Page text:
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October 29, 2020

4 reasons why patients prefer texts over calls  

4 reasons why patients prefer texts over calls


There’s a popular meme floating around the internet that says “if it’s textable, please don’t call me. Thanks.” As it turns out, this is supported by several recent survey results concluding that people prefer to get texts over calls.  According to Open Market, 19% of survey participants admitted to not listening to voicemail messages and 75% said they’d prefer to have a text-only phone over a voice-only phone. Practices that are using Chain SMS have seen patient experience improve since they’ve started using the software to message patients. Chain users tell us all the time that patients love getting texts from them, and that they prefer SMS communication over phone calls, voicemails and letters. The reasons for this preference are varied, so we’ve taken our user feedback and summed up the top 4 reasons why patients favour getting texts over calls…

1.    Patients feel more valued

Patients that miss calls from their GPs or surgeries often met with busy phone lines when they ring back, leading to a game of telephone tag which is frustrating and time consuming for everyone involved. Because of how busy GPs are here in the UK, they often rely on their support staff to relay messages back to their patients. GPs using Chain have found that texting their patients through Chain is faster than tasking the reception team to call them in EMIS. Patients really appreciate this direct and timely communication too. Once user shared,

the patients feel more important to their doctor. As the text comes directly from their GP, it means more.”

2.    They can refer back to texts

Smart phones have eliminated the need for lots of day to day necessities such as maps, notebooks, etc. Most of us aren’t always equipped with a pen and paper and aren’t prepared to take notes every time the phone rings. The anxiety of not knowing what to expect from an incoming phone call encourages a lot of people to ignore phone calls. Taking important phone calls can be particularly stressful for patients that are hard of hearing or suffer from various learning disabilities that makes processing verbal information difficult.

When patients can refer back to messages from their doctor, there’s less confusion and a higher likelihood that the patient will engage in their care plan. The ability to refer back to texts is also helpful for English-as-a-second-language patients. One user tweeted,

“excellent for those who speak English as a 2nd language too. I couldn’t explain the test results to my patient on the phone today so she wanted a text as she could easily translate it! Fantastic and time saving and cut out the need for an interpreter.”

Chain will also soon be supporting foreign language characters and a translating feature, so users can send texts in their patient’s chosen language.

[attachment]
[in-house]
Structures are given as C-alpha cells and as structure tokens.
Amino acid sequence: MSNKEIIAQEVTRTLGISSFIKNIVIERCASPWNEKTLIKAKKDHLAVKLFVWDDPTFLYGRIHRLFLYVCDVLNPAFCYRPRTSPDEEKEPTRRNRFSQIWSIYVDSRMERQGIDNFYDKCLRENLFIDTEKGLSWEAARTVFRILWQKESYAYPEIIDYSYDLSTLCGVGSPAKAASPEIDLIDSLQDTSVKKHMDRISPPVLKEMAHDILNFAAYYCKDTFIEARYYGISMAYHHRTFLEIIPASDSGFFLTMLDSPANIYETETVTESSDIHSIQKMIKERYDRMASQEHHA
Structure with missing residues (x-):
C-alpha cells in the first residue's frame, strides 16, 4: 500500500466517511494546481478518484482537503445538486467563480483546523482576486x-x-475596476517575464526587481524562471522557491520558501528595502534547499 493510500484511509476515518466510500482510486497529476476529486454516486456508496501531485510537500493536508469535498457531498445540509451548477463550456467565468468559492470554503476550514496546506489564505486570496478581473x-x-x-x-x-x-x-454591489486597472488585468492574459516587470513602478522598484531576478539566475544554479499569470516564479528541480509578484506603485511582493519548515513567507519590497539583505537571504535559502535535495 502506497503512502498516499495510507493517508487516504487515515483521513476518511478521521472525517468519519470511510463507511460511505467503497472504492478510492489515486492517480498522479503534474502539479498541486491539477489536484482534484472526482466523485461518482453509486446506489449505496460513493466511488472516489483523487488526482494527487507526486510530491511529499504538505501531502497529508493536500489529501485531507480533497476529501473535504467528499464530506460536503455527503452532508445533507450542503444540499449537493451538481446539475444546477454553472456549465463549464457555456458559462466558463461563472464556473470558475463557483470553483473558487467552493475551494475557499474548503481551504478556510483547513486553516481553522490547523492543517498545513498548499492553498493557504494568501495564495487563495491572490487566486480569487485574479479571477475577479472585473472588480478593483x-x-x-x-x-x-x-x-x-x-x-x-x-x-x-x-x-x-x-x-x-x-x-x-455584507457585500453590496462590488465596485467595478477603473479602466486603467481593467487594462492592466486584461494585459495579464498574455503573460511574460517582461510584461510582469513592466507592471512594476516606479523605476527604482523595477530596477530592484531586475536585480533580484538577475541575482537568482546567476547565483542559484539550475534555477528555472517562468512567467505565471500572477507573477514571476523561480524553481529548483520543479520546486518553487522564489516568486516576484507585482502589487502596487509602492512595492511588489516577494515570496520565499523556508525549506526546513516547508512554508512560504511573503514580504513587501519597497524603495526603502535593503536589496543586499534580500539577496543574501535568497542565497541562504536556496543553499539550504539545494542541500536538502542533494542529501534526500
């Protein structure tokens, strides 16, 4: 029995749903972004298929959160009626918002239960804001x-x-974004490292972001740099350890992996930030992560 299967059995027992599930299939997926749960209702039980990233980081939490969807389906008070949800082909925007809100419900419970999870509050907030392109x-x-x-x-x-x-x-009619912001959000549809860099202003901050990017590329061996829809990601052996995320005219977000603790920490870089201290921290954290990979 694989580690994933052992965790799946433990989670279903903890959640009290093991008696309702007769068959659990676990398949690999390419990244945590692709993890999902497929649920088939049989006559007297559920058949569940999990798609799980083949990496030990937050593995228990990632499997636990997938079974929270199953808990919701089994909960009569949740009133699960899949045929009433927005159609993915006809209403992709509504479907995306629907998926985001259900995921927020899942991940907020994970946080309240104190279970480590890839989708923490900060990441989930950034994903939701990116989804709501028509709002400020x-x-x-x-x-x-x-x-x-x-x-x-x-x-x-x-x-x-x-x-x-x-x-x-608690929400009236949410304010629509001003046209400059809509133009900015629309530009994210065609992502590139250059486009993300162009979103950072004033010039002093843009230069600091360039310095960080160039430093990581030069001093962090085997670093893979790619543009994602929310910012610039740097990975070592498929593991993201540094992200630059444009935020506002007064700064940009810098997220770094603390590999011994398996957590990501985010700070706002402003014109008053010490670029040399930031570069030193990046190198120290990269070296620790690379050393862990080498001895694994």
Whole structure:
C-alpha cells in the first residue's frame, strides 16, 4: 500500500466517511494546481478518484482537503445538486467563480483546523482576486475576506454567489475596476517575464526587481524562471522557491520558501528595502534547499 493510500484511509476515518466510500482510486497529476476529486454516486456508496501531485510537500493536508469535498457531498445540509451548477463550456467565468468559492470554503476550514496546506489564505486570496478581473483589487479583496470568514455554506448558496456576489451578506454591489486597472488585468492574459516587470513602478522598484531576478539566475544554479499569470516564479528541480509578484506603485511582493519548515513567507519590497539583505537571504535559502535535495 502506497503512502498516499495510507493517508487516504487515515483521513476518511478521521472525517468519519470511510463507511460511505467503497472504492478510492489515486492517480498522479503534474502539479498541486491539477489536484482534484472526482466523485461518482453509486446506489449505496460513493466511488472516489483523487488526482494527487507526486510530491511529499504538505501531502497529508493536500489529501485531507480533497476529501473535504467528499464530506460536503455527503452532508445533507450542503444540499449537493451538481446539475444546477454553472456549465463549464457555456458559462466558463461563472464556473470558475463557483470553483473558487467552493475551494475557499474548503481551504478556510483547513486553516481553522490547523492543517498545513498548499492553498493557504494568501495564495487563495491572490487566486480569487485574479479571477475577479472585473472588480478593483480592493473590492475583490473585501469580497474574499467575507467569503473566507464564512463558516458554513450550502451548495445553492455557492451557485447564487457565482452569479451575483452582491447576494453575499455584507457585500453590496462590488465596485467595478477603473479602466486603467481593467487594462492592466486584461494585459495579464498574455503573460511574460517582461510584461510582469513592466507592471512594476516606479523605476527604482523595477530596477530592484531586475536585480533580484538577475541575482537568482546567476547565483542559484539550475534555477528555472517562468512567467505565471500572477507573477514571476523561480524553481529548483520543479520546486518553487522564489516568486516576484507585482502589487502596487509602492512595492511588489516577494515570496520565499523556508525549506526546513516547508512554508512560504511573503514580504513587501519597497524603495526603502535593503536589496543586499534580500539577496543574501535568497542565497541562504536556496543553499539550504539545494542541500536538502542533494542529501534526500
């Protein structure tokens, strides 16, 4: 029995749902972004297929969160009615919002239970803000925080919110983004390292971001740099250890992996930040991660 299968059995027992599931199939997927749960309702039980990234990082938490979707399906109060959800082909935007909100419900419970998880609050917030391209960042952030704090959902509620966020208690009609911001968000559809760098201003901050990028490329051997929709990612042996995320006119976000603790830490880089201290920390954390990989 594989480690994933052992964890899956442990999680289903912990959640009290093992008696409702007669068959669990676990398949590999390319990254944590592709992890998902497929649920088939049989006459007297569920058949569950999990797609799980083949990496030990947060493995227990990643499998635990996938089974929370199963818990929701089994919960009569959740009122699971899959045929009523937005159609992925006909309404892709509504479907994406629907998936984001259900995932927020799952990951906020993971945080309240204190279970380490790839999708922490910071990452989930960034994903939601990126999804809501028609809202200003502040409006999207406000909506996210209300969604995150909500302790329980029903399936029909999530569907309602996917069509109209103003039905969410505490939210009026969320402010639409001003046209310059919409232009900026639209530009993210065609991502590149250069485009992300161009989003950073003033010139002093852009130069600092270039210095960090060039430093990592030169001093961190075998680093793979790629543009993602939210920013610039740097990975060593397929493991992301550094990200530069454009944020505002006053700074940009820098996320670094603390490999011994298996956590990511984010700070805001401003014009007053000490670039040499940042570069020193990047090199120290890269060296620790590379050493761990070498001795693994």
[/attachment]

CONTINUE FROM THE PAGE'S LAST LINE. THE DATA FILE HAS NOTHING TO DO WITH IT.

3.    It’s less obtrusive

Let’s face it, there’s never really a convenient time to answer an unplanned phone call, especially one from your doctor that may contain sensitive or private information. 63% of participants in Open Market’s survey echoed this notion, saying they “prefer texts because they’re less disruptive than a voice call.” We recommend that Chain only be used to send non-sensitive information (such as appointment information, normal test results, or anything that could otherwise be sent in a letter). But for sensitive information, GPs can still text their patients and ask that they call the practice at their earliest convenience. A practice manager in Oxfordshire shared,

“A lot of our patient population work on the production lines at the local manufacturing plant and can’t have their phones on them. They would often miss calls from us. With Chain SMS the problem is solved—they can see the message and get in touch.”

Another user shared,

“Patients are delighted that we have finally moved into the 21st century! Patients also find it more convenient (e.g. no interruptions at work).”

4.   They never check voicemails

A 2014 study by eVoice reported that only 18% of respondents listen to voicemails from people they don’t know. Since most people don’t have their GP’s number saved, this statistic is likely to be higher for primary care patients. One user shared,

“we noticed that patients ring back soon after they receive a text message…the same patients that ignored letters and voicemails in the past!”

Chain SMS is now used in over 1200 practices across England, Wales and Jersey. Even better, Chain takes less than two minutes to install! You can just download it to try out or you can install for everyone at your practice. You can find a guide to installing here.